Following a ruling passed in December 2013, which declared that the City of Detroit had entered bankruptcy and therefore benefits for the city’s pension schemes should be reduced, major ripple effects have been seen throughout the US pension fund industry. The ruling brings to the forefront the issue that the decisions made by investment professionals, who are managing pension portfolios, have a direct effect on retirees that depend upon their benefits.
Moving forward from this ruling, it is likely that there will be a shift in investment strategy for public pension funds across the US, as they look to avoid falling into the same traps as Detroit, which could lead to an increase in pension funds’ appetite for hedge funds going forward. It has generally been the case that pension funds adopt relatively low risk portfolios, which focus on generating healthy, consistent returns, as opposed to maximizing risk-adjusted returns. However, the investor type may be realigning this strategy to focus more on asset classes that can deliver higher returns, such as hedge funds. Not only do hedge funds typically offer higher rates of return than standard fixed income portfolios, they can also offer a layer of diversification to a pension portfolio and this can be crucial in difficult financial climates.
Public pension funds are the leading source of institutional capital in the hedge fund industry, representing 22% of all hedge fund capital contributed by institutional investors. The US represents the majority of this capital and Preqin’s Hedge Fund Investor Profiles online service tracks 254 US-based public pension funds that are actively investing in the asset class. These pension funds have an average target allocation to hedge funds of 9.3% of total assets, which is an increase from an average target allocation of 8.3% of total assets in 2012. This indicates that there has already been an increase in appetite for hedge funds over the last few years and, in particular, Municipal Employees’ Retirement System of Michigan and City of Phoenix Employees’ Retirement System are examples of public pension funds that have increased their target hedge fund allocations. In Q4 2013, Michigan doubled its target from 5% of total assets to 10%, while Phoenix moved from having a 10% target allocation for solely investing in long/short equity funds, to having a 15% target allocation to the whole hedge fund asset class.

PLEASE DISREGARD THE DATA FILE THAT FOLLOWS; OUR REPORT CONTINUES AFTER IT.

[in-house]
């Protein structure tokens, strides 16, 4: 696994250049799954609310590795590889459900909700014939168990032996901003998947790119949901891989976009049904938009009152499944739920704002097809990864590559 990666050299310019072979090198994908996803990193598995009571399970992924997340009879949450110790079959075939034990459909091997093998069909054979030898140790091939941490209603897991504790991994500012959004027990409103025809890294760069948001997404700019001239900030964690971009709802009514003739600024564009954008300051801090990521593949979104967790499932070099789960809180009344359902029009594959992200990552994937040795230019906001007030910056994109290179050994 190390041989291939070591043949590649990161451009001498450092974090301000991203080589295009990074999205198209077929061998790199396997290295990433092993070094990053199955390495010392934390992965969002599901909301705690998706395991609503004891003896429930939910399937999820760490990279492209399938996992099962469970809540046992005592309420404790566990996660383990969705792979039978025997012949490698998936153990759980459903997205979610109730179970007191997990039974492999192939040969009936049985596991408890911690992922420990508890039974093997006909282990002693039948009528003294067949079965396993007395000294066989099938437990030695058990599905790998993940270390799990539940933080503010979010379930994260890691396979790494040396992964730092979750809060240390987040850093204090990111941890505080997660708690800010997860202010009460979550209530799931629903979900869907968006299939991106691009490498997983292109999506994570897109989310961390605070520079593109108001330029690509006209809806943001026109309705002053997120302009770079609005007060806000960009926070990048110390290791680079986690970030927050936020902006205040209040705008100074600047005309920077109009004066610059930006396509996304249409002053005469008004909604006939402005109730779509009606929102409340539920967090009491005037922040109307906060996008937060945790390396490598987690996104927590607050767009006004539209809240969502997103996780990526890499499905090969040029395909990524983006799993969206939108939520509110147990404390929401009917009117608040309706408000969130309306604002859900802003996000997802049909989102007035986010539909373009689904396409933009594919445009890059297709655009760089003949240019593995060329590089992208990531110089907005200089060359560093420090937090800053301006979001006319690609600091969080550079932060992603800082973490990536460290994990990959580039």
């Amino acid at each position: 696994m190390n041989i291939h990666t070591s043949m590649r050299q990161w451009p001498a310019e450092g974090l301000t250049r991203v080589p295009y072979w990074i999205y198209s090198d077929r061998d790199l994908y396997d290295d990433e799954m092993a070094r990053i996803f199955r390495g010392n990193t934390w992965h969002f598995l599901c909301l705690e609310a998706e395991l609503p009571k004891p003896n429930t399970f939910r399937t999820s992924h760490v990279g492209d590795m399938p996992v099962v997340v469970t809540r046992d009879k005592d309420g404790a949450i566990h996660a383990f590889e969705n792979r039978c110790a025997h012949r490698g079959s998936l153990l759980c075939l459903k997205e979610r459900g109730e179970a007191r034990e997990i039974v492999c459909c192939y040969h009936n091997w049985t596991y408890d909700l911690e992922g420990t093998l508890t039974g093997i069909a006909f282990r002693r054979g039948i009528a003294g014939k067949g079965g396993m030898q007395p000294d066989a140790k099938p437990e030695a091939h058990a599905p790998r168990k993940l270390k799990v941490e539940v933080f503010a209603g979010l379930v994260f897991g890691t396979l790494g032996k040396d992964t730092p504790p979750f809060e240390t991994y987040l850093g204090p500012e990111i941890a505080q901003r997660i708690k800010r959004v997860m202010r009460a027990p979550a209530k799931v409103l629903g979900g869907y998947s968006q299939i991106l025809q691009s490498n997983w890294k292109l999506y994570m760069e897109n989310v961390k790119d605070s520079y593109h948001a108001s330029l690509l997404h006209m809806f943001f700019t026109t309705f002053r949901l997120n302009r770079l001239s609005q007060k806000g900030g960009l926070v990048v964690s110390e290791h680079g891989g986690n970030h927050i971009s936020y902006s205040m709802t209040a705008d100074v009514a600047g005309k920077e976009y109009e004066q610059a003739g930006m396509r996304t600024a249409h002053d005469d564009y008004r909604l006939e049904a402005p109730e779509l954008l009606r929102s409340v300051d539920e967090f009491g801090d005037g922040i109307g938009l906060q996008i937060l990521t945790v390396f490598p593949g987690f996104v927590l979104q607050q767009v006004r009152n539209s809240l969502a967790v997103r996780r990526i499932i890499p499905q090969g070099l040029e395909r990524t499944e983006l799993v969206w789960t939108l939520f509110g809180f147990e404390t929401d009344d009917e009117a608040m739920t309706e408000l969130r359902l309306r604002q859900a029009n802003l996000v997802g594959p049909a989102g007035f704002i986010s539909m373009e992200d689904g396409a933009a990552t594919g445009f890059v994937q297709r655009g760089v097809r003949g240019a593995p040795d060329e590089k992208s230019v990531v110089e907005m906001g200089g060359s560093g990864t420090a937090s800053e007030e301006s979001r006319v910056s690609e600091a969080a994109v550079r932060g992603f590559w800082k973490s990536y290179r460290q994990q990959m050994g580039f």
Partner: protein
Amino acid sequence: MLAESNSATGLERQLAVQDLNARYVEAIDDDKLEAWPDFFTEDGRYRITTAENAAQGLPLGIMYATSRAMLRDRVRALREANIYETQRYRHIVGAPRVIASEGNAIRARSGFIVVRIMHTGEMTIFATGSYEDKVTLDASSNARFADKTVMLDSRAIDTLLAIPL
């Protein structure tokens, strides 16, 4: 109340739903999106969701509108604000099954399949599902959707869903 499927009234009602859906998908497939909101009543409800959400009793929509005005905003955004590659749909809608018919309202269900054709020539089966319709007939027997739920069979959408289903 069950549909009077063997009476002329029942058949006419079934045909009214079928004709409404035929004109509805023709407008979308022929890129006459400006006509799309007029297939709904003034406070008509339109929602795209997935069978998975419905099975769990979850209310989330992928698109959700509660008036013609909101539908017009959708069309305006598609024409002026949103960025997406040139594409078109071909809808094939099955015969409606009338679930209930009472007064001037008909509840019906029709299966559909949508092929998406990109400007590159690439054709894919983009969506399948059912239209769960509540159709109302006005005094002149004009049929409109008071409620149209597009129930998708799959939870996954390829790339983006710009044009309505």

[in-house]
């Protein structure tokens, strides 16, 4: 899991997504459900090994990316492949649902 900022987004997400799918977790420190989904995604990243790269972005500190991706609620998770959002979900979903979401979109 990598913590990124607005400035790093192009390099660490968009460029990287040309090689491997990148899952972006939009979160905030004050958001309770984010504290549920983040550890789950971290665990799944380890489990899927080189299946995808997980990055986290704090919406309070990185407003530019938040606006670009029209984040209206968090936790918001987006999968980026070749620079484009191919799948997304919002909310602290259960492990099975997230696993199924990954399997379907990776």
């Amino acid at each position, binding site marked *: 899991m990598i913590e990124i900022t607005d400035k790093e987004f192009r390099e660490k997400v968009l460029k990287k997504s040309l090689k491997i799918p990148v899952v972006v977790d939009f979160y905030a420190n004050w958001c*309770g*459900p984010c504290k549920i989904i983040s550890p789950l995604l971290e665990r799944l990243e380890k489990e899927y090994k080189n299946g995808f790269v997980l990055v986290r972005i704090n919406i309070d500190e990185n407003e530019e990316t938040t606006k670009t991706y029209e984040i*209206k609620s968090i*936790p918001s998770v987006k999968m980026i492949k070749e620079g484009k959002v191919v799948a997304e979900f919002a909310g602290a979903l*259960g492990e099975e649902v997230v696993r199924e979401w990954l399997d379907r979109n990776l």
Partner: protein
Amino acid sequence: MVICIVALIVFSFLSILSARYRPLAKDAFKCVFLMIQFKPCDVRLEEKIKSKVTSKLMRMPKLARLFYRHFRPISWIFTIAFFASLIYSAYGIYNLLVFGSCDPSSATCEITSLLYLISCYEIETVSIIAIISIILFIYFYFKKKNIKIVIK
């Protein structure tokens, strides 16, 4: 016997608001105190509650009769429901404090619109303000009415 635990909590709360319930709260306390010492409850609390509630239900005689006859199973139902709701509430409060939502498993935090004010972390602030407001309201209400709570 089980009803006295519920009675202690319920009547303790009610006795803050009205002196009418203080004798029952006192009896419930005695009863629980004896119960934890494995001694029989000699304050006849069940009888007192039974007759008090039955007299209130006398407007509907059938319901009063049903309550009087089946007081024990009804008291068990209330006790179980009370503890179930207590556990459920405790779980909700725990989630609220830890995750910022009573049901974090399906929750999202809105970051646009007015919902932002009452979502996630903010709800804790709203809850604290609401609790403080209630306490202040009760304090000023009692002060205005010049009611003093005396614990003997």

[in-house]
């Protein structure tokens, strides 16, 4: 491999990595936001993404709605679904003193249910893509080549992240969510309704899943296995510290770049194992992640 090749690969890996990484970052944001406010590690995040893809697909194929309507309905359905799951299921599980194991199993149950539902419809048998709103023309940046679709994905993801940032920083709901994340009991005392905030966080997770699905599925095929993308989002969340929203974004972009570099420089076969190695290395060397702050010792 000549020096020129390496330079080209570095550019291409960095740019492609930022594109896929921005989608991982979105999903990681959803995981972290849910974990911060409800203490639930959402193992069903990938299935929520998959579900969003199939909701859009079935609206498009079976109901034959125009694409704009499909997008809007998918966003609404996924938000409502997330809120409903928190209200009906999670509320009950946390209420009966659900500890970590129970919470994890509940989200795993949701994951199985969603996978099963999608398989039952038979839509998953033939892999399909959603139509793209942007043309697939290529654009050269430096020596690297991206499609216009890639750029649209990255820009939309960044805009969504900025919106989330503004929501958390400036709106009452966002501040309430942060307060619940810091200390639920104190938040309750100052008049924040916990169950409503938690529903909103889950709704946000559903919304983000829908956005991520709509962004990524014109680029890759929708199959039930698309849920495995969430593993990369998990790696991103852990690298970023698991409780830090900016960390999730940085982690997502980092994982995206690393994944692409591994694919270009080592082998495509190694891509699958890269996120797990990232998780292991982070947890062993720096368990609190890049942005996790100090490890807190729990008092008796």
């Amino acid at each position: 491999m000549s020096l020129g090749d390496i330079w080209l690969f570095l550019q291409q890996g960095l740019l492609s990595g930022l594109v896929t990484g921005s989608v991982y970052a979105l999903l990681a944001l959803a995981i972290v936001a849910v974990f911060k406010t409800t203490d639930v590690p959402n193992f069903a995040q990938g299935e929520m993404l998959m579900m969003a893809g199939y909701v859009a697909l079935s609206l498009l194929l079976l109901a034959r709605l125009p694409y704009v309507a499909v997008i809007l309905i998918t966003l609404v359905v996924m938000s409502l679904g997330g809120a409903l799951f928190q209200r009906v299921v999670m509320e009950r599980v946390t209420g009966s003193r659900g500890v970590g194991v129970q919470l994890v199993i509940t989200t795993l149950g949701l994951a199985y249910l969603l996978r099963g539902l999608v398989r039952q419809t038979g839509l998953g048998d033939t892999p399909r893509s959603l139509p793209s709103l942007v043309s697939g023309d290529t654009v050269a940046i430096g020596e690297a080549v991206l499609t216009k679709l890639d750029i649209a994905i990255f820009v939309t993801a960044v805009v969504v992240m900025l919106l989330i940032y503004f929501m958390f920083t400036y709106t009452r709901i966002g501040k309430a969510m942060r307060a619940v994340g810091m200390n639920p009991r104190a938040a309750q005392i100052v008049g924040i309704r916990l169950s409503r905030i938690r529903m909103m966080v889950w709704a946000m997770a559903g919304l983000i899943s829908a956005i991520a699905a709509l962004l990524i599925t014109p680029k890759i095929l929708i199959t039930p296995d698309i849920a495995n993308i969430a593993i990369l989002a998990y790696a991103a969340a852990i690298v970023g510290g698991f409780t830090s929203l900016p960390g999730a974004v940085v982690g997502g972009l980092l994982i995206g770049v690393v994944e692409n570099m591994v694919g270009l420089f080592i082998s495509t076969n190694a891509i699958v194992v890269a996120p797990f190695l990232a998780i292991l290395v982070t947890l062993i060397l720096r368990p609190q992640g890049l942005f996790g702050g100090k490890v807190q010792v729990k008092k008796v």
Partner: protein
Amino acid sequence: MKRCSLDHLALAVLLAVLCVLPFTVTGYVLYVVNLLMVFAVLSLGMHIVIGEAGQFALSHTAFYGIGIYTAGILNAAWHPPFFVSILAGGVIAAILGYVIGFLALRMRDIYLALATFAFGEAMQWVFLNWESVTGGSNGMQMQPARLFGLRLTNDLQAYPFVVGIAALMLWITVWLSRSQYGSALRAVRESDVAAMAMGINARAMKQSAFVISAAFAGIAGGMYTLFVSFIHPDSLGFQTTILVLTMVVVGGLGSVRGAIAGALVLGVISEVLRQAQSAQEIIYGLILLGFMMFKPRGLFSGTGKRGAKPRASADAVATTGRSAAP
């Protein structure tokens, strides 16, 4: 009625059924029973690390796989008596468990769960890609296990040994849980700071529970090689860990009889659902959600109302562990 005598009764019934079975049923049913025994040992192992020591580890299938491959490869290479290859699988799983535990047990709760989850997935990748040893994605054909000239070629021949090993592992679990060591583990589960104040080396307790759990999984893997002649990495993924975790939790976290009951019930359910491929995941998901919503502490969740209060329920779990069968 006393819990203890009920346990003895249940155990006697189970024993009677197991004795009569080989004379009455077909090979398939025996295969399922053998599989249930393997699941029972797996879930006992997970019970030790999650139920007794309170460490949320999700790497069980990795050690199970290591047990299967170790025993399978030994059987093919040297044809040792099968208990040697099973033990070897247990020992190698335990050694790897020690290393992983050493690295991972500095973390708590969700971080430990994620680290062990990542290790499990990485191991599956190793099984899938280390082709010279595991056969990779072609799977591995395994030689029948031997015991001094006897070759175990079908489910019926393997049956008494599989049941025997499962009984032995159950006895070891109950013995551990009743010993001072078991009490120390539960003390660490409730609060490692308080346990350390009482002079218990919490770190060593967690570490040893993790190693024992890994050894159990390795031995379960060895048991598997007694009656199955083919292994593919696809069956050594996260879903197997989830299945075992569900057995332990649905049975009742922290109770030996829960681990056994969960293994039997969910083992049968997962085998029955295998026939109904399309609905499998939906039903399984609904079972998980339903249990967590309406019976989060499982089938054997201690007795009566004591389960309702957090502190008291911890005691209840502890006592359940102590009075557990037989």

Looking towards the rest of 2014, US public pension funds will continue to be key players in the hedge fund industry and we could see hedge fund allocations from these investors increase further. It remains to be seen how the Detroit-based pension funds, such as the $2.2bn City of Detroit General Retirement System, will react to the bankruptcy ruling, and what immediate effects it will have on their hedge fund investment strategy.